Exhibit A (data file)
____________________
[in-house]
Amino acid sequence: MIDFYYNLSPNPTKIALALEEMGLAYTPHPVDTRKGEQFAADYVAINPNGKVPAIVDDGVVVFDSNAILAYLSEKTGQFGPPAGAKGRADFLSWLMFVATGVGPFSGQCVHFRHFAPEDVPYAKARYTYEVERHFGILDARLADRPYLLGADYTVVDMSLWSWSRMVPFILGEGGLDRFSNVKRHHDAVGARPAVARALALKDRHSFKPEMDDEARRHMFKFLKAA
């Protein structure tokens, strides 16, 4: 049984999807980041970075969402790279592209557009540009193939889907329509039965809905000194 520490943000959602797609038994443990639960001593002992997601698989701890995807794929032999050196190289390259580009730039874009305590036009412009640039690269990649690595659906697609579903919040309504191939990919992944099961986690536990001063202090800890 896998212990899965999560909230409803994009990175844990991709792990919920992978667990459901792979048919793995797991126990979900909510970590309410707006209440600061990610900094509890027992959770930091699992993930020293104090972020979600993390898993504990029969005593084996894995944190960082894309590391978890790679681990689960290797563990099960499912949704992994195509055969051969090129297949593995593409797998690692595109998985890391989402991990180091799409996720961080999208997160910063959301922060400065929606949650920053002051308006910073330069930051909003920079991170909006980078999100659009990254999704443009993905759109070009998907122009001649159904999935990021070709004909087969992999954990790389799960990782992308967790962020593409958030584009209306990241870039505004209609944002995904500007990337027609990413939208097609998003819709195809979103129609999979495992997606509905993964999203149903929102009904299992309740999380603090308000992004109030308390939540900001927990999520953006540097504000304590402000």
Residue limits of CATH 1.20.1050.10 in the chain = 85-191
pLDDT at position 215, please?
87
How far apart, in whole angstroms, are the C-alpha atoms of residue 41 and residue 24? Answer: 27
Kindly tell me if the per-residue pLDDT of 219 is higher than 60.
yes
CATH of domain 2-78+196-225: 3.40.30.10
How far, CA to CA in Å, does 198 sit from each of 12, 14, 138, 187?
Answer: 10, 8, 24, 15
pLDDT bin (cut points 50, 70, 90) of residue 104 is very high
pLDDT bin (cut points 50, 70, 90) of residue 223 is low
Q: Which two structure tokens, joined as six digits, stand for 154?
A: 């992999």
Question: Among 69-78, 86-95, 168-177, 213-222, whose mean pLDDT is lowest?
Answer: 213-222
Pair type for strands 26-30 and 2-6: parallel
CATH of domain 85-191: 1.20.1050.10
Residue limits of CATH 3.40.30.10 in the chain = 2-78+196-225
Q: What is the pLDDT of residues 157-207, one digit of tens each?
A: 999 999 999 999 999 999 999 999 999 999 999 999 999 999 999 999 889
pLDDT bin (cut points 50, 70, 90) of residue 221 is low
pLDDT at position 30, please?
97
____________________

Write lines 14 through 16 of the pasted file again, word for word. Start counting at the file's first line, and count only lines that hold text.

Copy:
pLDDT bin (cut points 50, 70, 90) of residue 223 is low
Q: Which two structure tokens, joined as six digits, stand for 154?
A: 């992999």